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Et Tu Booty: Priceless Ancient Roman Treasure Saved From A Construction Site

Astonishingly preserved 2,000-year-old objects were discovered during the building of a bank. 

Rare Roman artifacts and settlement evidence estimated to be at least 2,000 years old have been discovered during construction work in a German city.

Remains of the 2,000-year-old Roman settlements were discovered during construction work for the company RheinKontor, whose experts were setting up the German State Bank building in the city of Mainz in the German state of Baden-Wurttemberg.

The artifacts have been exhibited at the Port of Mainz since June 24, 2021.

Marion Witteyer, an archeologist at the General Directorate of Cultural Heritage in Rhineland-Palatinate, notes that these finds come as a surprise for many in the field.

“Actually, we did not expect any archeological relics in the area of the customs port,” Witteyer said.

Workers were amazed when they discovered various objects such as a dolphin filigree, a richly-decorated vessel, and a sculpture of the Roman moon goddess Luna, which led city officials to believe there is more to the site than previously believed.

A dolphin figure and other remains of Roman settlements discovered during excavation work for the Rheinkontor building of the Landesbank Baden-Wurttemberg in Germany. (GDKE, Bonewitz/Zenger News)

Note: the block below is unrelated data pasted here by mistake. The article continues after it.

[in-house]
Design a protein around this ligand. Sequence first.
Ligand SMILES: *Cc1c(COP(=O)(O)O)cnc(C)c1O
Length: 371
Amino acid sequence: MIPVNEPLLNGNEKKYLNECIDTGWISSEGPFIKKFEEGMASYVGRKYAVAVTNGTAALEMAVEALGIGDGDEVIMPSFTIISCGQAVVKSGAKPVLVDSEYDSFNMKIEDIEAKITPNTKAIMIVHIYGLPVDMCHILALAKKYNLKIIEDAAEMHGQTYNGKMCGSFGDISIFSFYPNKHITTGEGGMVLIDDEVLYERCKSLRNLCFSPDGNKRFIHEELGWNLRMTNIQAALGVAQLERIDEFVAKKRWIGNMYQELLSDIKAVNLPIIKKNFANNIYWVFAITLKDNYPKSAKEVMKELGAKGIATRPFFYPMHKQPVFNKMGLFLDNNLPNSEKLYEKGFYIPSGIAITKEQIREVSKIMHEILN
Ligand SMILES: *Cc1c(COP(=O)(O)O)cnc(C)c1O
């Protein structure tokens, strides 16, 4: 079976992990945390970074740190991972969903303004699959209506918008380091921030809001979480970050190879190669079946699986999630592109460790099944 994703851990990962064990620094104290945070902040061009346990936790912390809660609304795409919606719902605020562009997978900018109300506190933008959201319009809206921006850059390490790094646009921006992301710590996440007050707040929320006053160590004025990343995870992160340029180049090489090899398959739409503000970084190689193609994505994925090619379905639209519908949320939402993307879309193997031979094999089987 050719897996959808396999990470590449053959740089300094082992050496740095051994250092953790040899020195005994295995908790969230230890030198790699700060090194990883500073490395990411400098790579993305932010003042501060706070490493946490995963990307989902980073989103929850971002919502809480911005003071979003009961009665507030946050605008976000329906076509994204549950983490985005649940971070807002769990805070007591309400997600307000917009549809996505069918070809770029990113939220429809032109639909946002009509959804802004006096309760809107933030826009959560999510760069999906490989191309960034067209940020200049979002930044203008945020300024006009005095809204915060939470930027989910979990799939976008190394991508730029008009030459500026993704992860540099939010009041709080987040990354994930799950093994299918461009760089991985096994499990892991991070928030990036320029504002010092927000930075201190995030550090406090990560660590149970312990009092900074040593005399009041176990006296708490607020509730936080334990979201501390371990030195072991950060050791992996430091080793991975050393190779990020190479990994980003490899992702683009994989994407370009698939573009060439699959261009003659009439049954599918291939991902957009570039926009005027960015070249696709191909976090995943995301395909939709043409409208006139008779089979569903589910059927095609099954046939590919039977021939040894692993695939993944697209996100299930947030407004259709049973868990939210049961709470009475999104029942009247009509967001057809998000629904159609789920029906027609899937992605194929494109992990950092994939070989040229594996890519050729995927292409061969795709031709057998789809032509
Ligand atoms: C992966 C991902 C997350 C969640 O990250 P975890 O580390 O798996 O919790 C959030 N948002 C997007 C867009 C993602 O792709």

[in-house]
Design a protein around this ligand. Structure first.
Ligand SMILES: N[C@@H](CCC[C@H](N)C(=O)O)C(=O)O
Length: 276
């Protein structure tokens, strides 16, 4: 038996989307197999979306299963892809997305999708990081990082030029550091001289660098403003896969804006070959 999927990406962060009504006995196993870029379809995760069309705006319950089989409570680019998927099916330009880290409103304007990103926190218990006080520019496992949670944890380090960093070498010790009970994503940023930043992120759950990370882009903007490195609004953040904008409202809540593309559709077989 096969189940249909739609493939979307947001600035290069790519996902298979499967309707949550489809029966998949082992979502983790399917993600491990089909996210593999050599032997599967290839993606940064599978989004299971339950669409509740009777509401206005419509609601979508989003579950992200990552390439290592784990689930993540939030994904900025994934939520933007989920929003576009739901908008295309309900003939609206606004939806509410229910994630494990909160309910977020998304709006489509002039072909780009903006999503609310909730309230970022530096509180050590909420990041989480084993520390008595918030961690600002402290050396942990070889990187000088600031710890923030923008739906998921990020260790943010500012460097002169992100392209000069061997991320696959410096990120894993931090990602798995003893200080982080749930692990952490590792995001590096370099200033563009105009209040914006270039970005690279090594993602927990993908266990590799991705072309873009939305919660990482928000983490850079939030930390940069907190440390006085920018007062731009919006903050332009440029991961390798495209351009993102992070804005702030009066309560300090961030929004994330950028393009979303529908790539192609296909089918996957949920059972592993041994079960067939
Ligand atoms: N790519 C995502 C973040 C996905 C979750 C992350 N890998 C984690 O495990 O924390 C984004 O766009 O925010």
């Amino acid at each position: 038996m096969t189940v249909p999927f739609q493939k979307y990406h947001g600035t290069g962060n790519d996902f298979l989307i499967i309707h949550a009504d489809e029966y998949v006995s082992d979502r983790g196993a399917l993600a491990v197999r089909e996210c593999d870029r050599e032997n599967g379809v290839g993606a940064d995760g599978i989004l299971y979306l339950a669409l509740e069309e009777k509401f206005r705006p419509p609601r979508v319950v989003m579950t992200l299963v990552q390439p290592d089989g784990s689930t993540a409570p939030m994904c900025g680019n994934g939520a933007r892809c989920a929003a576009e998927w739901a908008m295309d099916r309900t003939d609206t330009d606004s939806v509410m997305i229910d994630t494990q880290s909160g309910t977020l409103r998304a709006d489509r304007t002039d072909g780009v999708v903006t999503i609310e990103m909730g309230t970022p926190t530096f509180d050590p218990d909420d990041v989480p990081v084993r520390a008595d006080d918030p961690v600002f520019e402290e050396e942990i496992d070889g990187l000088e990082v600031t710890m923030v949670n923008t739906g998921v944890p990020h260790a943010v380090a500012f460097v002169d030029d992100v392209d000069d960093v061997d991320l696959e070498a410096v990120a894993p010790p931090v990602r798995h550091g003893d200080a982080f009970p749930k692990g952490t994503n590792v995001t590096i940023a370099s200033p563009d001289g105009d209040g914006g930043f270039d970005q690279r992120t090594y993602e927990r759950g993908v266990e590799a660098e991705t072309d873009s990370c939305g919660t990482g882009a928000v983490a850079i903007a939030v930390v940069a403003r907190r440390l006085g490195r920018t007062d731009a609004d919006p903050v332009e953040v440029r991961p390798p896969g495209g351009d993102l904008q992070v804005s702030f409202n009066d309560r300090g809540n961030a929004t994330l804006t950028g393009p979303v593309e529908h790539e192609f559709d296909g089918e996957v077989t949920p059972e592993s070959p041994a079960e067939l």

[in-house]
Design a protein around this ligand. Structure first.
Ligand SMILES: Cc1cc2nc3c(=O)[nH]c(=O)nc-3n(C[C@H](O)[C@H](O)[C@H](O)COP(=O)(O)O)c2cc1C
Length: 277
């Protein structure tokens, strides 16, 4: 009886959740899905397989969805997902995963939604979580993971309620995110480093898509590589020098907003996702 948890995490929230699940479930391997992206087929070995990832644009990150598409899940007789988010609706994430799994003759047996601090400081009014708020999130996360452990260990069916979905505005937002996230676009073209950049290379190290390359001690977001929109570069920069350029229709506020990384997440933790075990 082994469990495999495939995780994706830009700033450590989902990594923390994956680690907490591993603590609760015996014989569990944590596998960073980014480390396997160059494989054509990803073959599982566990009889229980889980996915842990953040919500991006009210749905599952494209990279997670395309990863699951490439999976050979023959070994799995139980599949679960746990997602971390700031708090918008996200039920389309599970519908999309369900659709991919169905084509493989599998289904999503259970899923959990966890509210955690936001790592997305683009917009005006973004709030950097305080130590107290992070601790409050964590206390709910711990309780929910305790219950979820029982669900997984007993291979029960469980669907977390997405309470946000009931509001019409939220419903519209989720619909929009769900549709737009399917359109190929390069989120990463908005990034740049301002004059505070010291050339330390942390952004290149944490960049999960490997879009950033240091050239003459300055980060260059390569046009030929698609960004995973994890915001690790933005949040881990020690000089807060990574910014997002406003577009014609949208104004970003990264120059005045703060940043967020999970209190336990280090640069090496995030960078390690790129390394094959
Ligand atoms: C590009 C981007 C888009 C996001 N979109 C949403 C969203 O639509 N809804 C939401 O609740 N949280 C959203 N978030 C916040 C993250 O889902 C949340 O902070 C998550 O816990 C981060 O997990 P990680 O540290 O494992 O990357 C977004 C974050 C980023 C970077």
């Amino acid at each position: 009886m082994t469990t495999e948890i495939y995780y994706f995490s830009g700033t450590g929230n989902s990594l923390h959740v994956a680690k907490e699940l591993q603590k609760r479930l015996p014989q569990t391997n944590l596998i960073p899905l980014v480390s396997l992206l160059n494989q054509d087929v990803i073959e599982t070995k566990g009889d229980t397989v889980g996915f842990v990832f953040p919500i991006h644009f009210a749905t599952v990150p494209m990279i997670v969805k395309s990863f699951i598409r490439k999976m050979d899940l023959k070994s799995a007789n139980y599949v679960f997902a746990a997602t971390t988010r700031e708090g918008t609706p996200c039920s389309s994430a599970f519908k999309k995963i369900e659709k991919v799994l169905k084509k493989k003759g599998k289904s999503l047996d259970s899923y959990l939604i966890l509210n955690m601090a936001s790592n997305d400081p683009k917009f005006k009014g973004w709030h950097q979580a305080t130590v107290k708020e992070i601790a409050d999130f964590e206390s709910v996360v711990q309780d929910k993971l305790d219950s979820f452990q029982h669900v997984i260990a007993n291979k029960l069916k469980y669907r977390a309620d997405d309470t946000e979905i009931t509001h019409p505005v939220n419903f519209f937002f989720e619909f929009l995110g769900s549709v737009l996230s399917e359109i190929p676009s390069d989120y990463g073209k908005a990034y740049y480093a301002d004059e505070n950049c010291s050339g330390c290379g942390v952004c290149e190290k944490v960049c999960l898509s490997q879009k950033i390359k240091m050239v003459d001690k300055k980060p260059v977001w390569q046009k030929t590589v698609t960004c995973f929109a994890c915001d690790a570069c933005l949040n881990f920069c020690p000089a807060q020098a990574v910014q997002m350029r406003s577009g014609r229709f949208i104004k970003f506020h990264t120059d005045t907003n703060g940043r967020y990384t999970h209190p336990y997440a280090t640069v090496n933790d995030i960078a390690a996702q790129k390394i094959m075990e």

“For us it was not only a matter of finding the Roman artifacts, but also preserving and presenting them to the public,” Peter Hahner, German State Bank regional board member said.

“I am particularly pleased that with new Roman site, we are building a bridge between the urban development of the antiquity to the urban development of today’s port area,” Roger Lewentz, Interior Minister added. “I would like to thank everyone involved for uncovering these unexpected Roman testimonies and making them accessible to the public.”

According to experts, the relics showed traces of intensive development from the Roman times to late antiquity in the area. The oldest settlement evidence dates back to the times of General Nero Claudius Drusus, who lived from 38 B.C. to 9 B.C., Witteyer said.

Remains of Roman settlements discovered during excavation work for the Rheinkontor building of the Landesbank Baden-Wurttemberg in Germany. (GDKE, Bonewitz/Zenger News)

Witteyer said many of the discovered artifacts indicate a high living standard which is observable in their quality.

In addition, the State Archeology Department in Mainz documented ancient examples of non-arable land being turned into farmland by building dams to prevent rising water from entering the fields and flooding them.

According to experts, this construction method originates from the Mediterranean region and was used on rivers such as the Po River in Italy, or the Rhone River which passes through France and Switzerland. Geographically, Mainz is considered a river port city for its location on the Rhine River, the longest river in Germany.

“You can see that living by the water has always been very popular,” Witteyer said.

(Edited by Katie Taranto and Kristen Butler)

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